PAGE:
Baltimore got its international fame with the series The Wire described by its author David Simon as a “Greek tragedy for the new millennium,” in which institutions such as the police had increasing power with growing impunity, in part due to the lack of oversight from the state government which has controlled the Police Department since its inception. David Simon explained that the series showed “the triumph of capitalism over human value.” Nevertheless, Baltimore is a place of resistance and debate, a place where people are trying to imagine a sense of community despite class, gender, race/ethne systems that are part of the history of Baltimore and the United States.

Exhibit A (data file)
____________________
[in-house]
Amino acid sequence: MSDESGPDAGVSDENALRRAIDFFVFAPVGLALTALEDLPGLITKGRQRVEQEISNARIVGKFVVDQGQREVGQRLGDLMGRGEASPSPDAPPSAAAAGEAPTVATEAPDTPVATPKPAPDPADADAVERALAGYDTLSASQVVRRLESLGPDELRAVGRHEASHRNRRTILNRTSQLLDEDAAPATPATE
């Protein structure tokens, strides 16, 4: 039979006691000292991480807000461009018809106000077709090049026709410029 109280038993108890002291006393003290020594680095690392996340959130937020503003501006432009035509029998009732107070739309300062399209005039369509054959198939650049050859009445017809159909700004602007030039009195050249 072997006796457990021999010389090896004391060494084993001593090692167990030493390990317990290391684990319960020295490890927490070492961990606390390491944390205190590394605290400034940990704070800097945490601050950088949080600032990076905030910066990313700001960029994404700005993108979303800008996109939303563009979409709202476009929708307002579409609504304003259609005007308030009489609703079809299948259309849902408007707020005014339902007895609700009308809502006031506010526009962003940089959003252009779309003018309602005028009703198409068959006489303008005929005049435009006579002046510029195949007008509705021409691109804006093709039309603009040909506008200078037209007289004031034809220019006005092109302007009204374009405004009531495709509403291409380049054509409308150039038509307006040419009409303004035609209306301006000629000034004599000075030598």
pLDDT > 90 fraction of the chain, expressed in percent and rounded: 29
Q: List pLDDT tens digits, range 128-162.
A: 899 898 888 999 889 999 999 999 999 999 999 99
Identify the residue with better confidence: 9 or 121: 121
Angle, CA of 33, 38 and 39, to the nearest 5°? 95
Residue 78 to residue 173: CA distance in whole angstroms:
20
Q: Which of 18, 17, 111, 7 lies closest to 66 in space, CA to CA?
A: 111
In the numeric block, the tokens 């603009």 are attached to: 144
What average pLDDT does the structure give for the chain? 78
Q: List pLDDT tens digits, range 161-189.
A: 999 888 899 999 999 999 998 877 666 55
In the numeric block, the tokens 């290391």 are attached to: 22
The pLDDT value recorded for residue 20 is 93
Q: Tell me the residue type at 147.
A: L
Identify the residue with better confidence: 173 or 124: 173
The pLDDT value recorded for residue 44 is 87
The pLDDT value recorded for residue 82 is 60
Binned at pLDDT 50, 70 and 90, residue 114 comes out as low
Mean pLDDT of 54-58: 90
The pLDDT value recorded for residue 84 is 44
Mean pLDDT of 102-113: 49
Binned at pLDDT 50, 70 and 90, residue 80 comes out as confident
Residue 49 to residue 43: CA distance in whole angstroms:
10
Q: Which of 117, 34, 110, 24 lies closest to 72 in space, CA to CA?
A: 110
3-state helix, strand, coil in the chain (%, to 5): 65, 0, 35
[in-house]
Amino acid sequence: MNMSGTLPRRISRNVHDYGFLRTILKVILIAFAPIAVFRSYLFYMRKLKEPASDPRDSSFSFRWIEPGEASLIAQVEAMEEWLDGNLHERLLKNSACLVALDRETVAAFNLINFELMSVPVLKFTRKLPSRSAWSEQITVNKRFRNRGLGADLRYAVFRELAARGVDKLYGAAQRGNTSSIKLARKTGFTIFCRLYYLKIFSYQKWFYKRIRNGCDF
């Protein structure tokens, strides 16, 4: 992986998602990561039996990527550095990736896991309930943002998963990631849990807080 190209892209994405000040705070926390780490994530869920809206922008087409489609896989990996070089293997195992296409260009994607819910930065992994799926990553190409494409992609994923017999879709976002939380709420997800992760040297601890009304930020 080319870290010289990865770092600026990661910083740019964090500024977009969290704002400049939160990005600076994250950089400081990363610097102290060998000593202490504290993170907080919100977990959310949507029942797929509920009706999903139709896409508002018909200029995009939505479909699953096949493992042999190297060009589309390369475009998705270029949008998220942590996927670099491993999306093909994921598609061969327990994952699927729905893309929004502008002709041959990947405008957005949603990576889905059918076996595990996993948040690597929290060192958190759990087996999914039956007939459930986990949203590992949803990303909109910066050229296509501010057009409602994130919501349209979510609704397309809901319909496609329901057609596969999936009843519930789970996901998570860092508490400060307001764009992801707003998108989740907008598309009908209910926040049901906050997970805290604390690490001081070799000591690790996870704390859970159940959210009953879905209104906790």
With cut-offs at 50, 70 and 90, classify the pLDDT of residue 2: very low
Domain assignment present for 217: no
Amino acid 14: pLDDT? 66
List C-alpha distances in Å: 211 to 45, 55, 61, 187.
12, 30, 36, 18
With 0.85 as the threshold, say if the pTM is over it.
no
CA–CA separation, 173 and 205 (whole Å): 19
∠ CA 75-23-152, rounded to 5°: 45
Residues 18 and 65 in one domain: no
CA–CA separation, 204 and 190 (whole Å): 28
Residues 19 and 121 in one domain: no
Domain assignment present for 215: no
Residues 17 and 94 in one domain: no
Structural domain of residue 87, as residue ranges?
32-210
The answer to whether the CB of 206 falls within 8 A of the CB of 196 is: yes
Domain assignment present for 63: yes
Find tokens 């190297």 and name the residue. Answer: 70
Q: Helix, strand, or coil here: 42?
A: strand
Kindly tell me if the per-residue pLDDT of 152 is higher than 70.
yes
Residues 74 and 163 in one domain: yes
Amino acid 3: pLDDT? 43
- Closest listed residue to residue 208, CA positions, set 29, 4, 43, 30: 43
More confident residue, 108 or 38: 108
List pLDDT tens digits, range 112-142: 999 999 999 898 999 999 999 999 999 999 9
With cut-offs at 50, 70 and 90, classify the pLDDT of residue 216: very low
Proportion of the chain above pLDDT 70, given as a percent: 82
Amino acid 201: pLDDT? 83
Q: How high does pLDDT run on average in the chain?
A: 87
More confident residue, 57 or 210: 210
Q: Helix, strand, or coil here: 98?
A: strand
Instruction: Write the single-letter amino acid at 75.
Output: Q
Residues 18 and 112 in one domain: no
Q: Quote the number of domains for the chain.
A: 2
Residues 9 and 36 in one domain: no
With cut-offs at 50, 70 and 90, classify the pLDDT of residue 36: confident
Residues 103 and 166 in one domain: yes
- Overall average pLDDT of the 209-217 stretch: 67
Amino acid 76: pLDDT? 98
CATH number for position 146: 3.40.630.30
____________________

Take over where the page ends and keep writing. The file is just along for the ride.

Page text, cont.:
On July 30th, the 45thpresident of the United States missed a chance to celebrate the 290th anniversary of the creation of the city of Baltimore, but he never misses an occasion to express his basic racism and xenophobic political ideals. His attacks on Baltimore particularly the Baltimore of Elijah Cummings, in short Black Baltimore (Cummings represents the 7thMaryland’s district, which encompasses over half of the city of Baltimore), is his latest strike on humanity. For a president who has made a career in reality shows, it is difficult to understand the true reality of an abusive system of police, justice, poverty and violence generated by a capitalistic society that reduces human dignity to a racialized, gendered determination of human value. The murder by police of Freddie Gray in the streets of Baltimore is one example. Why did Freddie Gray decide to run away from police?  When people demanded justice for Freddie Gray, the entire city was punished. Remember, Baltimore is where Central Booking was invented, where the parallel economy of narcotics trafficking is a variable to undermine any emancipation of the Black community. But none of that was expressed by the president of the nation, because he is just president for the racist and xenophobic part of the population oblivious to its history.